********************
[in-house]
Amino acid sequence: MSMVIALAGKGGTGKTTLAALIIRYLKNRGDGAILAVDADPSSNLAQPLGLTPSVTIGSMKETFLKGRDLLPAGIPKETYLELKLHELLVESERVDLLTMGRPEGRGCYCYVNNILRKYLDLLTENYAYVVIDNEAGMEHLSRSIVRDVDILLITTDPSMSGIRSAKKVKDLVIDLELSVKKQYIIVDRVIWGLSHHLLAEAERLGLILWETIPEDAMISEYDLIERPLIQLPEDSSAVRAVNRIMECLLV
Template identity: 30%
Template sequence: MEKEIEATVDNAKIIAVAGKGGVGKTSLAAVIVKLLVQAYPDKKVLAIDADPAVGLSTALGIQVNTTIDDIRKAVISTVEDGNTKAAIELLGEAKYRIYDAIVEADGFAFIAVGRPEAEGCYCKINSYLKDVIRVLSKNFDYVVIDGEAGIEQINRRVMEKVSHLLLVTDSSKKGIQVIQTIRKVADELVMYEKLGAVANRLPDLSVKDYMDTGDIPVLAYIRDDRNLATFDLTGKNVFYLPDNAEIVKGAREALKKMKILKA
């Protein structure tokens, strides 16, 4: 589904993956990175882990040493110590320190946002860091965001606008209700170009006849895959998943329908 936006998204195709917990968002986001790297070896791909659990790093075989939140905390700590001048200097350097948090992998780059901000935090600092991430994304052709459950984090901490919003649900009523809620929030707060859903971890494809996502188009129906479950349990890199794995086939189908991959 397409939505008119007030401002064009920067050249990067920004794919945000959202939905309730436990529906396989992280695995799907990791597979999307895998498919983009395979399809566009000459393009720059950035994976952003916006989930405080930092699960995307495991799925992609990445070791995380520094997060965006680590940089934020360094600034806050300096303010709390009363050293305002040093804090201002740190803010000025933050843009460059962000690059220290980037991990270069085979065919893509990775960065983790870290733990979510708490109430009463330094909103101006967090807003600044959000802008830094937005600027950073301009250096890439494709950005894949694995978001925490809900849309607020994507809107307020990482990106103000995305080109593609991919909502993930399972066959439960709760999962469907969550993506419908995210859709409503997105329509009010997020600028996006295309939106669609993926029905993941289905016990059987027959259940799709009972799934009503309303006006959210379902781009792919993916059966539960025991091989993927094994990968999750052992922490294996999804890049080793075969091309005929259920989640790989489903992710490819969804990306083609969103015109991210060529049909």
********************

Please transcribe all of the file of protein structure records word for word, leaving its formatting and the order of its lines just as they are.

[in-house]
Amino acid sequence: MSMVIALAGKGGTGKTTLAALIIRYLKNRGDGAILAVDADPSSNLAQPLGLTPSVTIGSMKETFLKGRDLLPAGIPKETYLELKLHELLVESERVDLLTMGRPEGRGCYCYVNNILRKYLDLLTENYAYVVIDNEAGMEHLSRSIVRDVDILLITTDPSMSGIRSAKKVKDLVIDLELSVKKQYIIVDRVIWGLSHHLLAEAERLGLILWETIPEDAMISEYDLIERPLIQLPEDSSAVRAVNRIMECLLV
Template identity: 30%
Template sequence: MEKEIEATVDNAKIIAVAGKGGVGKTSLAAVIVKLLVQAYPDKKVLAIDADPAVGLSTALGIQVNTTIDDIRKAVISTVEDGNTKAAIELLGEAKYRIYDAIVEADGFAFIAVGRPEAEGCYCKINSYLKDVIRVLSKNFDYVVIDGEAGIEQINRRVMEKVSHLLLVTDSSKKGIQVIQTIRKVADELVMYEKLGAVANRLPDLSVKDYMDTGDIPVLAYIRDDRNLATFDLTGKNVFYLPDNAEIVKGAREALKKMKILKA
């Protein structure tokens, strides 16, 4: 589904993956990175882990040493110590320190946002860091965001606008209700170009006849895959998943329908 936006998204195709917990968002986001790297070896791909659990790093075989939140905390700590001048200097350097948090992998780059901000935090600092991430994304052709459950984090901490919003649900009523809620929030707060859903971890494809996502188009129906479950349990890199794995086939189908991959 397409939505008119007030401002064009920067050249990067920004794919945000959202939905309730436990529906396989992280695995799907990791597979999307895998498919983009395979399809566009000459393009720059950035994976952003916006989930405080930092699960995307495991799925992609990445070791995380520094997060965006680590940089934020360094600034806050300096303010709390009363050293305002040093804090201002740190803010000025933050843009460059962000690059220290980037991990270069085979065919893509990775960065983790870290733990979510708490109430009463330094909103101006967090807003600044959000802008830094937005600027950073301009250096890439494709950005894949694995978001925490809900849309607020994507809107307020990482990106103000995305080109593609991919909502993930399972066959439960709760999962469907969550993506419908995210859709409503997105329509009010997020600028996006295309939106669609993926029905993941289905016990059987027959259940799709009972799934009503309303006006959210379902781009792919993916059966539960025991091989993927094994990968999750052992922490294996999804890049080793075969091309005929259920989640790989489903992710490819969804990306083609969103015109991210060529049909």